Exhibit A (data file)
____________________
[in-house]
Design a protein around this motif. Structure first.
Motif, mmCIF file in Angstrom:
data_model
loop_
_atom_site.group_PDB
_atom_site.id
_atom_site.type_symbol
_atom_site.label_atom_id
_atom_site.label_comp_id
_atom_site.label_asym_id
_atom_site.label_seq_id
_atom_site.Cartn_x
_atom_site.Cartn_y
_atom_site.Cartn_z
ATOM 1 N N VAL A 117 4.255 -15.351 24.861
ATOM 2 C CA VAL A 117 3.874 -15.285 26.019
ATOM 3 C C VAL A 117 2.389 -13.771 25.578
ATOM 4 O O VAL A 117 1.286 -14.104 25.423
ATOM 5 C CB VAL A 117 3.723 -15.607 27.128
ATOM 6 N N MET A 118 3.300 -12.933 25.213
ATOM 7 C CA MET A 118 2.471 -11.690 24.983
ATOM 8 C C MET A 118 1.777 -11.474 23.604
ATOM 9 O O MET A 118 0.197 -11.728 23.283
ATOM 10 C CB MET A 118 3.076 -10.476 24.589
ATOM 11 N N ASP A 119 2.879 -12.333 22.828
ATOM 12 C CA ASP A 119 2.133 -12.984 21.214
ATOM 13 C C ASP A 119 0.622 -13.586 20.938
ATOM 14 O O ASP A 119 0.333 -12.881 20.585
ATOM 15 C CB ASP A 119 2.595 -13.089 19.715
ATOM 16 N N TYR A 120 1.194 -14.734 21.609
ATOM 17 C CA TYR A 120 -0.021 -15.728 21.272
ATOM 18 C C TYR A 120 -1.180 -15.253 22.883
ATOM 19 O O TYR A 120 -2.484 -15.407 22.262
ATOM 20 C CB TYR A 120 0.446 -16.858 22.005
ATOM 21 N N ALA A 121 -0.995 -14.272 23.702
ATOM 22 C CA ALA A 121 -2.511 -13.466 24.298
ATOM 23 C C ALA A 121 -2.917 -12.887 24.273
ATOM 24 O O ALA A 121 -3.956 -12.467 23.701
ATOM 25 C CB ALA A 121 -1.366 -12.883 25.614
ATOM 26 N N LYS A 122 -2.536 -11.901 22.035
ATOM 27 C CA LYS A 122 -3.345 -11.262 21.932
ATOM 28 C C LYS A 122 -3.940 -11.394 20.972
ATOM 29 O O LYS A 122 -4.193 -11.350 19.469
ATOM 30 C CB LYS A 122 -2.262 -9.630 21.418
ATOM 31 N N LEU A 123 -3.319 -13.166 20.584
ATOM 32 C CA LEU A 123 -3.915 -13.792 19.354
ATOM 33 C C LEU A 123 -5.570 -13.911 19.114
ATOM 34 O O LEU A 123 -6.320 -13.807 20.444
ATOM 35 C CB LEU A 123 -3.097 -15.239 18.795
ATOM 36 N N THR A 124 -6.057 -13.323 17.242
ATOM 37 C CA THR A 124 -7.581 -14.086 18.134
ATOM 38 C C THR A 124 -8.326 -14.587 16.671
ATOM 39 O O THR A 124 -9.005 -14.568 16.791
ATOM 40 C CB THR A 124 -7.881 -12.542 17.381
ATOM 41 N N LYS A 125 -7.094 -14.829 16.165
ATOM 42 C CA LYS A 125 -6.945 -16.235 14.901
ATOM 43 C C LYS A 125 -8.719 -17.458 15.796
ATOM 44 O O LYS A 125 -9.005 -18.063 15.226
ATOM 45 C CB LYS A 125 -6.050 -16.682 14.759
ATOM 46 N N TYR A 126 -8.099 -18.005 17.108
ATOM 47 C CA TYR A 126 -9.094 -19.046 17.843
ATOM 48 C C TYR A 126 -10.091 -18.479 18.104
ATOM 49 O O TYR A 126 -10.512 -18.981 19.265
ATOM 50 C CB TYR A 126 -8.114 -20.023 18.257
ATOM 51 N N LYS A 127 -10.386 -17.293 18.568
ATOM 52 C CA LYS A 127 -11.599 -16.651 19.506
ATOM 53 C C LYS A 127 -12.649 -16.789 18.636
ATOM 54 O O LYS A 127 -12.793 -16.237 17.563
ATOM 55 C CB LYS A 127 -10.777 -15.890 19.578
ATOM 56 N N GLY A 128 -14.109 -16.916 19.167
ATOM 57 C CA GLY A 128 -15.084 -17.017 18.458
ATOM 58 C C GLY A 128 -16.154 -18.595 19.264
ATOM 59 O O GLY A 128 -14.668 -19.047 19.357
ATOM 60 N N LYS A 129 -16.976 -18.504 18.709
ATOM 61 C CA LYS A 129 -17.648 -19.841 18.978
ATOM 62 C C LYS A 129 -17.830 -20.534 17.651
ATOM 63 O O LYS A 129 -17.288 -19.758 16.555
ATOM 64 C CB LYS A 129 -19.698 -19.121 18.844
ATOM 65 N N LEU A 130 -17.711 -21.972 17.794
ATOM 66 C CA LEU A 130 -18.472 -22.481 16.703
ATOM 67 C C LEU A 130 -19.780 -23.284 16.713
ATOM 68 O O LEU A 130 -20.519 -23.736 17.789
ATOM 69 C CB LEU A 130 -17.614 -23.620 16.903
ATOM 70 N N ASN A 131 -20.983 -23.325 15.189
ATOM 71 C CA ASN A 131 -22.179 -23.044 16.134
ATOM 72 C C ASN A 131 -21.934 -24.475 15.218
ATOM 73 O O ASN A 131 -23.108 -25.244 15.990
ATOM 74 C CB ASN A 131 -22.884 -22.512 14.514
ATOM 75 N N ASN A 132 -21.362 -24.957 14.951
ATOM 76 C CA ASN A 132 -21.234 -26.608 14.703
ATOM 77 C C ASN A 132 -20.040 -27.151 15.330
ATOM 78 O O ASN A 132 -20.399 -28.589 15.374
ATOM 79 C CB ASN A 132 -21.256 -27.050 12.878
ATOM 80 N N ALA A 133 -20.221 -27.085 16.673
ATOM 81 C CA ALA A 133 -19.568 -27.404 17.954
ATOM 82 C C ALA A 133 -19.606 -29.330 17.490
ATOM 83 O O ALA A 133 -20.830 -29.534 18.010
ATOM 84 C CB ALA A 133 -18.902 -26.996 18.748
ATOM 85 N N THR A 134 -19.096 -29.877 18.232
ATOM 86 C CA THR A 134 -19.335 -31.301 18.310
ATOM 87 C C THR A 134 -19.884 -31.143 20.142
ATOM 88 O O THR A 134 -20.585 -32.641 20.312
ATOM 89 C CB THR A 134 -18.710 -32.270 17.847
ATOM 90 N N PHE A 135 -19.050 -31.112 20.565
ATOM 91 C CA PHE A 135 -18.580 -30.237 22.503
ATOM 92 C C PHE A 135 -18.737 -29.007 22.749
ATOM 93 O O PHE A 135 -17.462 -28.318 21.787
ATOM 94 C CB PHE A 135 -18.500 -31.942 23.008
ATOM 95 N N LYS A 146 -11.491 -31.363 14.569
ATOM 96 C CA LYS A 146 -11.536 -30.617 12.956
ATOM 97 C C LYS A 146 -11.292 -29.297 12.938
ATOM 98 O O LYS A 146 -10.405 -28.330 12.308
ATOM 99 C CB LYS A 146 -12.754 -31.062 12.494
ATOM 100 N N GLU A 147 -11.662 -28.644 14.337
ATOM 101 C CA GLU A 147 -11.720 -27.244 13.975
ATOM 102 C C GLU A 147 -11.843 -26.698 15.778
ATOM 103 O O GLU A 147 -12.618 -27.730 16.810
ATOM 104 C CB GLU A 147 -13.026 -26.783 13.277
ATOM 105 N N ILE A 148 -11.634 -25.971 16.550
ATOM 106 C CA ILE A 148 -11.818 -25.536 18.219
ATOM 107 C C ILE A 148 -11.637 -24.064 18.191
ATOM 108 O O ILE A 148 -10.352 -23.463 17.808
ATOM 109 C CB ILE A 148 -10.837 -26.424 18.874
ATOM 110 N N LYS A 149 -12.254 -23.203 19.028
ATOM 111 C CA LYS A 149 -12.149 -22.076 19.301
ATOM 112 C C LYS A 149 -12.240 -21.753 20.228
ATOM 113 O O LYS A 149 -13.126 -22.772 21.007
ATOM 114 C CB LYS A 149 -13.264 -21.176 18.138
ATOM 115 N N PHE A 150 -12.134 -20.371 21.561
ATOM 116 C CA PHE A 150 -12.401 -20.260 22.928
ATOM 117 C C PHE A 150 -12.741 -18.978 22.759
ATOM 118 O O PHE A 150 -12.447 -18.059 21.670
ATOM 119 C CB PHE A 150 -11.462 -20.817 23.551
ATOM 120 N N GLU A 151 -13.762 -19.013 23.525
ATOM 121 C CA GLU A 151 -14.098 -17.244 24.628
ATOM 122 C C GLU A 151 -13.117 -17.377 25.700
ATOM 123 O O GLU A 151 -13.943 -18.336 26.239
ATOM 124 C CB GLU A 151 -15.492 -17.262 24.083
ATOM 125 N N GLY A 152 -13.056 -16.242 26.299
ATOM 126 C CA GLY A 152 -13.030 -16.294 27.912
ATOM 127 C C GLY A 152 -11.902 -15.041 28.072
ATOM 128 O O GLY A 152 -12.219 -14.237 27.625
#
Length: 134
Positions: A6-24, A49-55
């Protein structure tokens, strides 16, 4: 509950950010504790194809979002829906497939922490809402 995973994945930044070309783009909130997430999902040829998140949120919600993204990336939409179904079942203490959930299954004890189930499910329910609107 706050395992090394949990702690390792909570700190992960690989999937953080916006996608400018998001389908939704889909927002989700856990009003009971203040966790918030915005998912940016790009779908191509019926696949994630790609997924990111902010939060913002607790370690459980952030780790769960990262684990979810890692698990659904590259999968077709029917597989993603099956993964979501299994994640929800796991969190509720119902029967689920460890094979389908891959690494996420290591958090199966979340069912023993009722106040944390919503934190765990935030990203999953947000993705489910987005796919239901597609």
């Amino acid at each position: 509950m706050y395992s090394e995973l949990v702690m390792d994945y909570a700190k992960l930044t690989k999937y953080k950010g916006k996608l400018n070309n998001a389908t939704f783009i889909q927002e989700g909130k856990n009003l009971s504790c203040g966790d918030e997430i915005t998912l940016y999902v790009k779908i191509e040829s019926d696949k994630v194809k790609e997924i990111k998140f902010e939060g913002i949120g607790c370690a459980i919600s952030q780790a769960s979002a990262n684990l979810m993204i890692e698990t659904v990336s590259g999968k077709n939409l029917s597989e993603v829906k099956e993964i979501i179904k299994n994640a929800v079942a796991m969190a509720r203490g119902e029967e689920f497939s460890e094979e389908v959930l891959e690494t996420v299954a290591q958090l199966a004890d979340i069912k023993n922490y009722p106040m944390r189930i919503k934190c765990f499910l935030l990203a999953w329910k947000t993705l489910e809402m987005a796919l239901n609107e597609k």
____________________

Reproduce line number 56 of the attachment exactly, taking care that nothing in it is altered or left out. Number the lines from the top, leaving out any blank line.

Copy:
ATOM 41 N N LYS A 125 -7.094 -14.829 16.165